1. Check all the cells, build a set of their elevation levels (i.e. the spectrum of all the heights). Say you have H distinct heights.
2. Define the state of the square as its position and height. The define your problem in terms of Dijkstra graph.
3. For every square add a vertex to the graph that represents its actual elevation. Then add extra vertexes that represent it with a bigger elevation (besides source and destination squares). So that you have up to H vertexes for every square.
4. Define an internal price of every vertex as its height above its actual position. So that for every square you have a vertex with internal price=0 (the actual elevation), plus number of vertexes representing elevated positions with appropriate internal price.
5. Connected vertexes representing neighbor squares by directed edges. Put an edge only if the source vertex has an elevation at least of the target vertex.

Then find the shortest path by Dijkstra (or A*) algorithm. The cost of the move is considered the internal price of the target vertex (our edges don't carry the price).

In simple words we've built a "layered" graph, each layer corresponds to an optional height. At each position you're allowed to make a move either at your current layer, or get lower.

Needless to say that the problem complexity increases. The vertex count is increased by the factor of (up to) H, the same holds for the edges count.

Basically the path-search has the complexity of `log(N) * N * M` where N is squares cell count, and M - is the connectivity orders (number of connected nearest neighbors). After your inflation the complexity grows by (up to) the factor of H^2.

So that the efficiency of this algorithm depends on the number of distinct heights. If you have a small number of heights - the algorithm should be efficient. However if all your squares have distinct heights - perhaps another approach should be used.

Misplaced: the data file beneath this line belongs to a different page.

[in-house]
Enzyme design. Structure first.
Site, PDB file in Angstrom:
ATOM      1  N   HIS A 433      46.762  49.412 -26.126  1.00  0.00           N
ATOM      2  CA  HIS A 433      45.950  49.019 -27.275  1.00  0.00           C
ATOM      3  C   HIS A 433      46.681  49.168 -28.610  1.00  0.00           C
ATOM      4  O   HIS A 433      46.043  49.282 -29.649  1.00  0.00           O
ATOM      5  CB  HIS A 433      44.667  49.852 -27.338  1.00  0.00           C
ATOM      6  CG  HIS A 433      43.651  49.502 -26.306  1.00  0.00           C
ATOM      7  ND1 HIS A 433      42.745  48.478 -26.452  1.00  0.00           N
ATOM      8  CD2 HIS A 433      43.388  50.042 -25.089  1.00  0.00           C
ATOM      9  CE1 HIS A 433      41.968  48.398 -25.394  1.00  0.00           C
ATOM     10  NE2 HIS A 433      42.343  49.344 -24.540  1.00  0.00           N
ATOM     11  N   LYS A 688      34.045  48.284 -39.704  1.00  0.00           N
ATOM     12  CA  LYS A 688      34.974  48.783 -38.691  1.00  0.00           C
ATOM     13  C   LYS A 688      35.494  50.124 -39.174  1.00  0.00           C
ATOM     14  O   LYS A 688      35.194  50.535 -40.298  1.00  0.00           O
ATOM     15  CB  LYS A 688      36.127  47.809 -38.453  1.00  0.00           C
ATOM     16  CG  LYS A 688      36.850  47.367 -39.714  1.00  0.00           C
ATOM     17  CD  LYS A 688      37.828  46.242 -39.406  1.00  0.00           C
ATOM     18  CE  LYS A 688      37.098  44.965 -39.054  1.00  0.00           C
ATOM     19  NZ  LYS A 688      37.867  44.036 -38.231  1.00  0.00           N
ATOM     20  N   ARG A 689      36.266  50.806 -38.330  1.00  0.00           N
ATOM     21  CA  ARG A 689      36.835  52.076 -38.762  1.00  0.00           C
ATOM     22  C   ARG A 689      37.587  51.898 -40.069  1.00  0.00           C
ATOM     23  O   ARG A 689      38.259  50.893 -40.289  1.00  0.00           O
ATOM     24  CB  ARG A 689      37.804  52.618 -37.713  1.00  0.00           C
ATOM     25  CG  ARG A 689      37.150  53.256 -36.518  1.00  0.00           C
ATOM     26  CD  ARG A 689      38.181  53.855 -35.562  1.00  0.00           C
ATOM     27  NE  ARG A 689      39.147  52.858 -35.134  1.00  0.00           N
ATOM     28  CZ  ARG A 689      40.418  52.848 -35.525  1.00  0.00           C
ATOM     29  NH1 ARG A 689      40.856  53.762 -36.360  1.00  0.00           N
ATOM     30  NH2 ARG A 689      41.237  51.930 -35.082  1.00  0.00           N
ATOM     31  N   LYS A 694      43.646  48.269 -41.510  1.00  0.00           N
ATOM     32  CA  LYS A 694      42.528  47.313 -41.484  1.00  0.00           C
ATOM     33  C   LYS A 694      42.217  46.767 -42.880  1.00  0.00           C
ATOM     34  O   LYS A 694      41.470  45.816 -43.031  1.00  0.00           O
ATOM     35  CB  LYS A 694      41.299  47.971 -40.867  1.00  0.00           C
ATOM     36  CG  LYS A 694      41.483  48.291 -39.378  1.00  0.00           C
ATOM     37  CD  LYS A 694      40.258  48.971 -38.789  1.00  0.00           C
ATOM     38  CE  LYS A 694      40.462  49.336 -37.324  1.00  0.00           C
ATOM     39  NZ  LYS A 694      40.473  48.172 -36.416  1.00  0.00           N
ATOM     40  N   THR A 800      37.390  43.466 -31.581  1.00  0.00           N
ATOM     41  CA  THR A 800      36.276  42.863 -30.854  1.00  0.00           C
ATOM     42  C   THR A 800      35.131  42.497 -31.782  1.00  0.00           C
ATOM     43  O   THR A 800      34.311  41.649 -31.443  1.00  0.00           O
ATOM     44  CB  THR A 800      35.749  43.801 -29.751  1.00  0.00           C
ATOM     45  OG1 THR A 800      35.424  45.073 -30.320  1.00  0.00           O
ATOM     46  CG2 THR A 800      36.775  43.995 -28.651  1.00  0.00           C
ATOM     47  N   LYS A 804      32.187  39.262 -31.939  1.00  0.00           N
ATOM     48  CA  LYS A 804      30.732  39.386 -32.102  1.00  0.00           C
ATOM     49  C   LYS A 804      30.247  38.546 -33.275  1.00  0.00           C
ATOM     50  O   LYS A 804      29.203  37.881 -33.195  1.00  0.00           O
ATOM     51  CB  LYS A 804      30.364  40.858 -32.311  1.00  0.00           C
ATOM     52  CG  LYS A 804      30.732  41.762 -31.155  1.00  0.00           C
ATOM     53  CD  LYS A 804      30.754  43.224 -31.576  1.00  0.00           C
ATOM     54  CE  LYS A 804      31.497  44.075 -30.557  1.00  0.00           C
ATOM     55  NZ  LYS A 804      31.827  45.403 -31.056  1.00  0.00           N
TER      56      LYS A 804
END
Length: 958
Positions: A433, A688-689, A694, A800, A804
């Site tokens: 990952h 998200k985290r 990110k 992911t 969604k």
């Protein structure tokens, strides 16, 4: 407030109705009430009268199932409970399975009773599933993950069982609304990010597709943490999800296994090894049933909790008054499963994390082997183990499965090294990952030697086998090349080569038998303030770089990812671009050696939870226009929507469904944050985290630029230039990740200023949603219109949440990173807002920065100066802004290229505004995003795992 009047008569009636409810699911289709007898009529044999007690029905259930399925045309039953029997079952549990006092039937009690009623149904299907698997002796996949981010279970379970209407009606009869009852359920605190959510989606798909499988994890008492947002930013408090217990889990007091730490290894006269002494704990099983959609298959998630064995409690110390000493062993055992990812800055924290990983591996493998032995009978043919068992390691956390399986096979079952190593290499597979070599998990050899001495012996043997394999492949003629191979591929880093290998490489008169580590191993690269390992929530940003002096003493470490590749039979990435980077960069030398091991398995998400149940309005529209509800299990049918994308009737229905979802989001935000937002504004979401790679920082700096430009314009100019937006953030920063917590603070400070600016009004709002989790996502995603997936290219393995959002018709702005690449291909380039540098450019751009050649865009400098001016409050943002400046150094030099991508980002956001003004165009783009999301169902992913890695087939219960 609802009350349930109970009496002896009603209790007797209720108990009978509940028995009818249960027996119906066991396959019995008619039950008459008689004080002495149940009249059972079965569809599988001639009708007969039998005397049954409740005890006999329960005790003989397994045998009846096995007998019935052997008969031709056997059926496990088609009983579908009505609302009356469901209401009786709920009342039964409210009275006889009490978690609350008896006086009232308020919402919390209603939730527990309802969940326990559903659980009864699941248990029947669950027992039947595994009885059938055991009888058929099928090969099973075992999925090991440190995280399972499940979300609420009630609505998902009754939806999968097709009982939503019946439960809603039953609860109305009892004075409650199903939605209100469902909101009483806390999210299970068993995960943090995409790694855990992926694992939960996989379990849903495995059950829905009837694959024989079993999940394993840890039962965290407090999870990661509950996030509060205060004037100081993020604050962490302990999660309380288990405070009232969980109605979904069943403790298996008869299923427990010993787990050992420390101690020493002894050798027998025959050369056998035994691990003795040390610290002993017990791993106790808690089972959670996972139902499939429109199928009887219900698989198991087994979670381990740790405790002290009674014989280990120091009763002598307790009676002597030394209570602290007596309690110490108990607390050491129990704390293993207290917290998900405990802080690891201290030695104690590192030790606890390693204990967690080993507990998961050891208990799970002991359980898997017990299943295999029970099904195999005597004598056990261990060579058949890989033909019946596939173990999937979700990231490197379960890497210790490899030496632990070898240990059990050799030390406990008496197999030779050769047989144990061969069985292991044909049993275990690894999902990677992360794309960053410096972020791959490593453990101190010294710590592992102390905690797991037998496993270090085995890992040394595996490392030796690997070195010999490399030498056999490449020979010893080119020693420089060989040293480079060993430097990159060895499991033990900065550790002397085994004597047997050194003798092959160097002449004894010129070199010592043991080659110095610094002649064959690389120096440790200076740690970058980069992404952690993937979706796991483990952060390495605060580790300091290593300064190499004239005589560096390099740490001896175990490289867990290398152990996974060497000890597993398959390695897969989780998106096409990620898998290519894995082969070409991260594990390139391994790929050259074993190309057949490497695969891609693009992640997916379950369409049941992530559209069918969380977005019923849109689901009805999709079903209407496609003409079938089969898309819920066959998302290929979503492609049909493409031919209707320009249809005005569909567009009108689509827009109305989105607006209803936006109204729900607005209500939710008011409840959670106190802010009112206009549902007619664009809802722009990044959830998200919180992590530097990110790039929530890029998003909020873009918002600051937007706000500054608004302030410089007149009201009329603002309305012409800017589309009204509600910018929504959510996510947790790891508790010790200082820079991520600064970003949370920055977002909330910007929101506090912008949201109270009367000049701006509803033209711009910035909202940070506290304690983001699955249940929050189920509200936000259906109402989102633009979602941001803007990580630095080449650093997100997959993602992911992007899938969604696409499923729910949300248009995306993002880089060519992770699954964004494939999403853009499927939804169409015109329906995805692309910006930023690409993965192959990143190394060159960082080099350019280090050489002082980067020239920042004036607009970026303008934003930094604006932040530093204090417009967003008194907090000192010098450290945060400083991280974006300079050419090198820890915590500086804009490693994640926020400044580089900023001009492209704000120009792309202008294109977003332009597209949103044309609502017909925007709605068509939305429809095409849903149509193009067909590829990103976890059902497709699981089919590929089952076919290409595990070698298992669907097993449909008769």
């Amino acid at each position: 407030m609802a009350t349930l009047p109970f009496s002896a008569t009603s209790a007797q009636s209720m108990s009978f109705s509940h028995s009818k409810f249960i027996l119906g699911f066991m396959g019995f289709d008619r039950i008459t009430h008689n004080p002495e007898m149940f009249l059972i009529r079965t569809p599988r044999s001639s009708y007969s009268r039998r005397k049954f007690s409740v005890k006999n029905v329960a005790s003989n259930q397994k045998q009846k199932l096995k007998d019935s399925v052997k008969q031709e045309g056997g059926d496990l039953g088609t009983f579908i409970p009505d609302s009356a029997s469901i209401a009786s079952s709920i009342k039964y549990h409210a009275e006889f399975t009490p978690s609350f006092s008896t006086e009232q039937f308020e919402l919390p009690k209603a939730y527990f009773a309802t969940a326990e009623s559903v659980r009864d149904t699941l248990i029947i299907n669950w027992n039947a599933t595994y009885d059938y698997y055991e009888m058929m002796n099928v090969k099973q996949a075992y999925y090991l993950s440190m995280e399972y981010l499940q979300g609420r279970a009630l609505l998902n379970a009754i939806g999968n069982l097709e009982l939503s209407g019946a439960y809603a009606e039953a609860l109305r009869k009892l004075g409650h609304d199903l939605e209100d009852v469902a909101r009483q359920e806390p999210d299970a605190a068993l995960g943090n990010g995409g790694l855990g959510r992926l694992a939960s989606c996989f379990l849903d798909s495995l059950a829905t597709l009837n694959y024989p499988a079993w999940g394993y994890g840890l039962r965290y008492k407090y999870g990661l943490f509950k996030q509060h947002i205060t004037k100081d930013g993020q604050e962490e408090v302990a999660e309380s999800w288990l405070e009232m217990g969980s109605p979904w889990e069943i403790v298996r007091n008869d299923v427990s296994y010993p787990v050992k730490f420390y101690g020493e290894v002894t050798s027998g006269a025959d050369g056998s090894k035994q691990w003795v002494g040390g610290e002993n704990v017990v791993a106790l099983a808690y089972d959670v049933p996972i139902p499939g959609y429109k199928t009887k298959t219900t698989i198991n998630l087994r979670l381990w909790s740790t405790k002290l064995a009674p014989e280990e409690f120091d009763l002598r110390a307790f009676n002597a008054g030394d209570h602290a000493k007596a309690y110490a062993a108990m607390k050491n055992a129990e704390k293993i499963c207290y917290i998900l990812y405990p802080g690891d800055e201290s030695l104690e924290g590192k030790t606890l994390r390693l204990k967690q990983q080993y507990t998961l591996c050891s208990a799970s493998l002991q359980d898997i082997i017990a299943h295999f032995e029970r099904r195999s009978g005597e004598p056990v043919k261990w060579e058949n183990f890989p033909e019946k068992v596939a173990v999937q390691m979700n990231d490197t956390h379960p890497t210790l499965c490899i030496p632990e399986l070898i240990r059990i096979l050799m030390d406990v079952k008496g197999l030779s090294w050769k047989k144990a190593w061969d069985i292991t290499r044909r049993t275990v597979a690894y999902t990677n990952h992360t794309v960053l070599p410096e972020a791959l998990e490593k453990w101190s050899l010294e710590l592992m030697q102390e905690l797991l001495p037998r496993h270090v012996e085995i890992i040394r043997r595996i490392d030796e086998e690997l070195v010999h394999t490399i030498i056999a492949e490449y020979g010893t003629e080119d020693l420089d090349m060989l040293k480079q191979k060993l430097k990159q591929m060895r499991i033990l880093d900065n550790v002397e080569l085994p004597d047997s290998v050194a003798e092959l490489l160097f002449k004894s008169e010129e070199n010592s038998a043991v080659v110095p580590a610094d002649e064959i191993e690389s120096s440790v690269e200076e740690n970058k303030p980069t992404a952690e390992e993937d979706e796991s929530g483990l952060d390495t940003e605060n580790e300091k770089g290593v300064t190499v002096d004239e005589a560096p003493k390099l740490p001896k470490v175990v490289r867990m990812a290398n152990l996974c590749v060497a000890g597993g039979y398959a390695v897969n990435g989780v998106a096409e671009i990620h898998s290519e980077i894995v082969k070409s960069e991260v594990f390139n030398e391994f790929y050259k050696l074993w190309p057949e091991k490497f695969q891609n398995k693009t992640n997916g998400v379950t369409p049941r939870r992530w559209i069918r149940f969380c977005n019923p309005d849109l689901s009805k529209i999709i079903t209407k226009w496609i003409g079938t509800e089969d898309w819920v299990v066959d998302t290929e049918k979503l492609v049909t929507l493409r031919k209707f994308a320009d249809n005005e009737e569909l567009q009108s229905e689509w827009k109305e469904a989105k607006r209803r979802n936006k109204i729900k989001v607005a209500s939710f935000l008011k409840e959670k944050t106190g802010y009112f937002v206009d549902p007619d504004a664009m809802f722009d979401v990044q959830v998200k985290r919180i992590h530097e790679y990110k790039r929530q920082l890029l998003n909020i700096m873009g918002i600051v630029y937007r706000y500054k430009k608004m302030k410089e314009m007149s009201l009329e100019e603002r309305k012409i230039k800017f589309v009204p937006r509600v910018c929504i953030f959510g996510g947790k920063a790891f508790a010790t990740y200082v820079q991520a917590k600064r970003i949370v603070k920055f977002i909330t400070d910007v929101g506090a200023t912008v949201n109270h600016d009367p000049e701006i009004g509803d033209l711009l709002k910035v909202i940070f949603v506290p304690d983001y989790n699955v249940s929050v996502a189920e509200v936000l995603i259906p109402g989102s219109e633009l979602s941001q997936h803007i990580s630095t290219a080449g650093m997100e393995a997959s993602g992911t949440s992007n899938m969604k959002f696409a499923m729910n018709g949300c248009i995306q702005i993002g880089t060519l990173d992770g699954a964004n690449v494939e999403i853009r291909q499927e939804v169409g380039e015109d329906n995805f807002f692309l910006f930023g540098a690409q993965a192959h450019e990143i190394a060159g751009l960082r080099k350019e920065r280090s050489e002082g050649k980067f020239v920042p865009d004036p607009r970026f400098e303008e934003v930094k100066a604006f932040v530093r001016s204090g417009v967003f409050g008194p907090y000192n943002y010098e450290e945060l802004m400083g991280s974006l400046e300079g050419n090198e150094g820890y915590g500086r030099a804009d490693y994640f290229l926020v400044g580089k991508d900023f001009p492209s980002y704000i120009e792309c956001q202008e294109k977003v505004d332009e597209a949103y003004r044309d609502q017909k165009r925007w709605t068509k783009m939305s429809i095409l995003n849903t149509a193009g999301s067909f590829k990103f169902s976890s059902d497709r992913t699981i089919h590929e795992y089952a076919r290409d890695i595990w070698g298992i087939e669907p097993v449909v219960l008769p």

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Yeah, this approach will do but for small values of H,N,M. It would be better if some more efficient algorithm is there. –  Shashwat Kumar May 20 '12 at 11:16

The "changing elevation" appears to complicate the problem at first, but if you think about it a bit more carefully, it doesn't really. First, there is no reason to ever decrease the elevation of a square -- only increase. And there is never any reason to elevate any square but the "end" square for the current "branch" of the search. AND, in any traversal, there is never any reason to increase the elevation of a square beyond the amount needed to make it possible to move to the next square. I might add that an optimal path will never loop back on itself. So at each step of the search, the square which should be elevated, and how much to elevate it, is completely deterministic. You do not need to use search to find that out. So the "layered graph" which @valdo proposed is not actually necessary.

With that insight, you can use almost any standard path-finding algorithm in a straightforward way.

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Wait a minute, I just realized something. When it is necessary to increase/decrease elevation, you can always get an optimal path by elevating the "current" square, rather than decreasing the elevation of the square where you want to go. That makes the problem even simpler. –  Alex D May 19 '12 at 22:51
Well, I didn't notice that the elevation may be decreased as well (I thought it can only be increased). Nevertheless, it'll not always be optimal. Imagine an 1-dimensional example, where there's a single path from source to destination. Source square has height=2, next square has height=0, next 100 squares have height=1, and the last (destination) square has height=0. According to "your" algorithm you get down on the 2nd square to height=0, and then lower the next 100 squares. However a better alternative would be to raise the 2nd square to height=1. –  valdo May 20 '12 at 6:28
@valdo, that's what I pointed out in the comment preceding yours. It was confusing for me to put that information in a comment rather than editing the answer... I have now edited the answer for clarity. –  Alex D May 21 '12 at 7:40